This book is for people like you who are beginning to contemplate what comes next and how to make the most of it. Make no mistake -- this is not a retirement guide. It's about unretiring -- about how to shed your dated preconceptions about life after forty, fifty, or sixty and stay in the game in ways you'll find satisfying and invigorating. Money is important, and we'll deal with that critical issue in Chapter 7. But that's where this book stops being like anything you've read before. Countless opportunities are developing to let you live all aspects of your life to the fullest -- from staying connected with your kids and grandkids (and, eventually, your great-grandkids) to choosing emerging housing designs and lifestyles for a new, active time in your life with fewer responsibilities; from finding love all over again with your spouse (or someone new, should you be searching) to going back to school for the fun of it; from where, how, and why to make new friends to where and why you should pick up stakes and move to a city or town that will let you live and thrive as you always dreamed.
We'll discover new passions and explore long-dormant desires. We'll stay active by working longer or volunteering, by trying our hand at writing or painting or running a small business, and our continued involvement will promote our well-being and prove a vital resource to the communities in which we live.
You are on a far different life track from that of your parents; you just may not fully understand it yet. But you soon will, and this book is meant to help you as you ramp up your learning curve.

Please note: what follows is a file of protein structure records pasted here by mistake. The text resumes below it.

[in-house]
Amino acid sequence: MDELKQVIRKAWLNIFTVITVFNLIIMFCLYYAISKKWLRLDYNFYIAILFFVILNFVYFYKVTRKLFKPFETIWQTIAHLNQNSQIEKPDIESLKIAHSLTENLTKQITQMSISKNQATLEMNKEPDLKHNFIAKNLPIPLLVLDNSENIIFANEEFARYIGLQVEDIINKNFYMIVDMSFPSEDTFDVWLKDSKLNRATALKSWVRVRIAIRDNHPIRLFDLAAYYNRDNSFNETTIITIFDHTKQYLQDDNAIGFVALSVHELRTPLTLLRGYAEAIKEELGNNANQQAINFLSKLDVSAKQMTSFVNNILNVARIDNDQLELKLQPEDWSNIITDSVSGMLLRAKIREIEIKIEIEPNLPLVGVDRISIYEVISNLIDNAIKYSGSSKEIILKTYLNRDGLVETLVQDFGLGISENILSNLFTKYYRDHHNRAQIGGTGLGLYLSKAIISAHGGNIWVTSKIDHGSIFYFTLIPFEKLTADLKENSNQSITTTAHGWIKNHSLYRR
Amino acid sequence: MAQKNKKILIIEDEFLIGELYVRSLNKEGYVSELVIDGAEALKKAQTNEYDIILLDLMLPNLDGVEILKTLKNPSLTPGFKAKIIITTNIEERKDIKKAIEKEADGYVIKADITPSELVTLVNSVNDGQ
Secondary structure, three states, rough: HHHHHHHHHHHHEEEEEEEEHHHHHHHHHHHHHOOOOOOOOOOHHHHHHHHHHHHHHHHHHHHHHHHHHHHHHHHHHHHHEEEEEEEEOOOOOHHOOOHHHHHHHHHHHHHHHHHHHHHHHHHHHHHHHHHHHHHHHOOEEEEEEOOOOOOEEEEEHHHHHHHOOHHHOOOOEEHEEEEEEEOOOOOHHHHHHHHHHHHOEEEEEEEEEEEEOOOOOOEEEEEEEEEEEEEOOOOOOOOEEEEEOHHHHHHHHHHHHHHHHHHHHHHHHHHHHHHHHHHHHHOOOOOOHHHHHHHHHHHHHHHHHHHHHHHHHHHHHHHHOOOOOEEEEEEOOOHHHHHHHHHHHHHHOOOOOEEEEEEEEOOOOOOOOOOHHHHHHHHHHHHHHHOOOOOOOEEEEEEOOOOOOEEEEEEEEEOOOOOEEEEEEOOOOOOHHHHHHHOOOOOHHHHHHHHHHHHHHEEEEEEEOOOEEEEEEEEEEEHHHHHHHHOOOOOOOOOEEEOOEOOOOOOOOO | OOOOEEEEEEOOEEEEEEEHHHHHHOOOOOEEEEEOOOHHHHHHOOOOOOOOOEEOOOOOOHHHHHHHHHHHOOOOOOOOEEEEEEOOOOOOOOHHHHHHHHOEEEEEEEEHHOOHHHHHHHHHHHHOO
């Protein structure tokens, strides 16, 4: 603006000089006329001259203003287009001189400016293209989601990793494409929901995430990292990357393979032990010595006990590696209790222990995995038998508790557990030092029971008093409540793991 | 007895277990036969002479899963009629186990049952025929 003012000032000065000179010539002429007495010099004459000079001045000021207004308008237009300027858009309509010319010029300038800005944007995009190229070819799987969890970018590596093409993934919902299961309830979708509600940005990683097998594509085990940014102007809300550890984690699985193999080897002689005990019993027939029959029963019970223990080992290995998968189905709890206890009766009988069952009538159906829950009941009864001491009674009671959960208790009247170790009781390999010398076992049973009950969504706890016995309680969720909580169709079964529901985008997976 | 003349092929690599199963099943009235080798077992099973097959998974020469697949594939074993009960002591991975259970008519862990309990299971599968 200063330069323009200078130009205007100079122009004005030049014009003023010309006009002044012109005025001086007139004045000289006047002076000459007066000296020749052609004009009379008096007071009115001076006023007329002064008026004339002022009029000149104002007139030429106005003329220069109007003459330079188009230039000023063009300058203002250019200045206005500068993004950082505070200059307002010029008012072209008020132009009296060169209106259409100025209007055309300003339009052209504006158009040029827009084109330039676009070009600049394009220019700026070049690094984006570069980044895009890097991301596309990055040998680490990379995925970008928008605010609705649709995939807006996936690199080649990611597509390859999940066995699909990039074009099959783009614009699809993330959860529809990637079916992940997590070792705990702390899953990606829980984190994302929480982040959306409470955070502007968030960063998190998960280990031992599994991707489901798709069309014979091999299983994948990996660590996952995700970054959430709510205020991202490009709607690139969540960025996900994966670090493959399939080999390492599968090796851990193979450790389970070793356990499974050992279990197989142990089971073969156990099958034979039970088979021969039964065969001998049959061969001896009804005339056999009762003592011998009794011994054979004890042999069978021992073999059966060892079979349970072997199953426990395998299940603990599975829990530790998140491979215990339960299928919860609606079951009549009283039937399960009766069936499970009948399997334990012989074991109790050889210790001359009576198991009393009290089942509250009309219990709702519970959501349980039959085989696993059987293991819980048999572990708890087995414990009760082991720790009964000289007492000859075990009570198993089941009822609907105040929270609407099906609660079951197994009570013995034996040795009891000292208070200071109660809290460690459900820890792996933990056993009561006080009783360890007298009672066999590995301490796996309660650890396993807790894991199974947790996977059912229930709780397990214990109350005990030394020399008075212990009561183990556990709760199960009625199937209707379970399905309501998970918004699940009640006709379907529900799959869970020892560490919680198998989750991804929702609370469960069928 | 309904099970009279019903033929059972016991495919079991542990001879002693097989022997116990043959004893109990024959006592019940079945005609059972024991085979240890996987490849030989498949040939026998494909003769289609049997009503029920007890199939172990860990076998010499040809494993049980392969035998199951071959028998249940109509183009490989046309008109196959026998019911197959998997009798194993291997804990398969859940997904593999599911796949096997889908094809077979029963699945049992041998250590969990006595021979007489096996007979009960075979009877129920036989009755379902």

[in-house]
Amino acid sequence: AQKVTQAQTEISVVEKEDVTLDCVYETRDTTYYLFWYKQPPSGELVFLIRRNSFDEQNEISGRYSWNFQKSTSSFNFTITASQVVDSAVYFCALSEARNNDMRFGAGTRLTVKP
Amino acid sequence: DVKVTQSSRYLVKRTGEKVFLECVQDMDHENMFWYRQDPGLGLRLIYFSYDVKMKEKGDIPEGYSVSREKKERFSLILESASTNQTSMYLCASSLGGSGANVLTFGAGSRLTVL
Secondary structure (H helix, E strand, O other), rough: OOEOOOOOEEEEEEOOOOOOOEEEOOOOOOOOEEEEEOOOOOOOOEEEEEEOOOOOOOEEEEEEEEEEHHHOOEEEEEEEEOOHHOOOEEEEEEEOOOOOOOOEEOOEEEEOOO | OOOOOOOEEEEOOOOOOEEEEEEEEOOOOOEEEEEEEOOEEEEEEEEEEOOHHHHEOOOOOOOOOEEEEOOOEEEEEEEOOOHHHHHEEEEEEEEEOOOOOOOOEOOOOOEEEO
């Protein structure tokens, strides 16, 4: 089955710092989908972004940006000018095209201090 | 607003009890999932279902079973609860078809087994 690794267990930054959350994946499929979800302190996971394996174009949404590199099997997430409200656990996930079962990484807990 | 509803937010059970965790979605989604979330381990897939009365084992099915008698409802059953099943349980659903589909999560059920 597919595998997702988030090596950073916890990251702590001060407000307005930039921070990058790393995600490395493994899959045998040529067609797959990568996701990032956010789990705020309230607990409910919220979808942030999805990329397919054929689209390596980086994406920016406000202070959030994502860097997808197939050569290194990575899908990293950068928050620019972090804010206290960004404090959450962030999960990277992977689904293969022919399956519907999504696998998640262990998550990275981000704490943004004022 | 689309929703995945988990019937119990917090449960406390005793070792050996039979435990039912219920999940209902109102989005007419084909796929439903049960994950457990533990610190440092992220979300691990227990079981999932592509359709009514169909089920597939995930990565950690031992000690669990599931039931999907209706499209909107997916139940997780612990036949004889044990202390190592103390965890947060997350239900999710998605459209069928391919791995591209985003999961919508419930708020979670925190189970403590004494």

On a recent vacation with his family in Orlando, Florida, Dan was staying at a wonderful resort, the Gaylord, where he observed an apparent oddity that both encouraged and, at least initially, dumbfounded him. The hotel had two equally spacious and convenient swimming pools on either side of the grounds. One was designated as a quiet zone for rest-seeking grown-ups and marked "No One Under 18 Allowed." That pool area might as well have been a mausoleum -- not a single person was in the water. The other pool, by contrast, was overrun with raucous teens and quite a few bawling toddlers.What stunned Dan was that many of the mature adults he would have expected to find at the quiet pool had opted away from that morguelike environ, preferring -- even in some cases with no children or grandchildren in sight -- the lively atmosphere at the pool bustling with the energy of youth.
Which pool will you choose in the years ahead?
When is the last time you seriously asked yourself what you will do with the rest of your life? Is there a second or a third career you'd like to explore? A small business you want to start? Do you want to study art or open a bed and breakfast? Have you dreamed of taking up acting or going to cooking school? Where should you live for the perfect combination of weather, fun, friendships, family, lovers, intellectual stimulation, and lifestyle? What will all that free time do to our marriages and other relationships? Where and how will we live? What will keep our minds active and our lives relevant? Will this be the worst period of our lives -- or could it possibly be the best? Most important: what choices must we make now to ensure the kind of extended life after career that we have always envisioned?